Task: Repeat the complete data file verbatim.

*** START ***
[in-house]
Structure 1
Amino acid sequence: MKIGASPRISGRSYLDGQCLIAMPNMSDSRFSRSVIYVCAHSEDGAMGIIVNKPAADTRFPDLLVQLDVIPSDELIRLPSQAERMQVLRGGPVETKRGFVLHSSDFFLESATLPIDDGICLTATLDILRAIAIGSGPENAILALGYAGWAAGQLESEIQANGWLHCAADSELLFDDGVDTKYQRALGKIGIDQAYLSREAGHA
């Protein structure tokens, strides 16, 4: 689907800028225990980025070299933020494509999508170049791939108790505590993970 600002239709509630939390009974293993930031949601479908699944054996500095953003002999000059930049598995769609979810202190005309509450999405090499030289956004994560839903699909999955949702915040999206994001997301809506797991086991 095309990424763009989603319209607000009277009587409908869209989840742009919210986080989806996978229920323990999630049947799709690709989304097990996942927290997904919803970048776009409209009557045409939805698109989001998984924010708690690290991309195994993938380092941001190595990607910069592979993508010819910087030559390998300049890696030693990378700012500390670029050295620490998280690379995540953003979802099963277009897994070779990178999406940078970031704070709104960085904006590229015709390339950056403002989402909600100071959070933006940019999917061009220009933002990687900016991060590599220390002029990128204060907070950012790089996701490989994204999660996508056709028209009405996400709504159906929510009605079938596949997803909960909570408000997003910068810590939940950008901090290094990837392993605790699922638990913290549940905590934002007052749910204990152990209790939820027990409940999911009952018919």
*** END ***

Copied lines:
[in-house]
Structure 1
Amino acid sequence: MKIGASPRISGRSYLDGQCLIAMPNMSDSRFSRSVIYVCAHSEDGAMGIIVNKPAADTRFPDLLVQLDVIPSDELIRLPSQAERMQVLRGGPVETKRGFVLHSSDFFLESATLPIDDGICLTATLDILRAIAIGSGPENAILALGYAGWAAGQLESEIQANGWLHCAADSELLFDDGVDTKYQRALGKIGIDQAYLSREAGHA
């Protein structure tokens, strides 16, 4: 689907800028225990980025070299933020494509999508170049791939108790505590993970 600002239709509630939390009974293993930031949601479908699944054996500095953003002999000059930049598995769609979810202190005309509450999405090499030289956004994560839903699909999955949702915040999206994001997301809506797991086991 095309990424763009989603319209607000009277009587409908869209989840742009919210986080989806996978229920323990999630049947799709690709989304097990996942927290997904919803970048776009409209009557045409939805698109989001998984924010708690690290991309195994993938380092941001190595990607910069592979993508010819910087030559390998300049890696030693990378700012500390670029050295620490998280690379995540953003979802099963277009897994070779990178999406940078970031704070709104960085904006590229015709390339950056403002989402909600100071959070933006940019999917061009220009933002990687900016991060590599220390002029990128204060907070950012790089996701490989994204999660996508056709028209009405996400709504159906929510009605079938596949997803909960909570408000997003910068810590939940950008901090290094990837392993605790699922638990913290549940905590934002007052749910204990152990209790939820027990409940999911009952018919």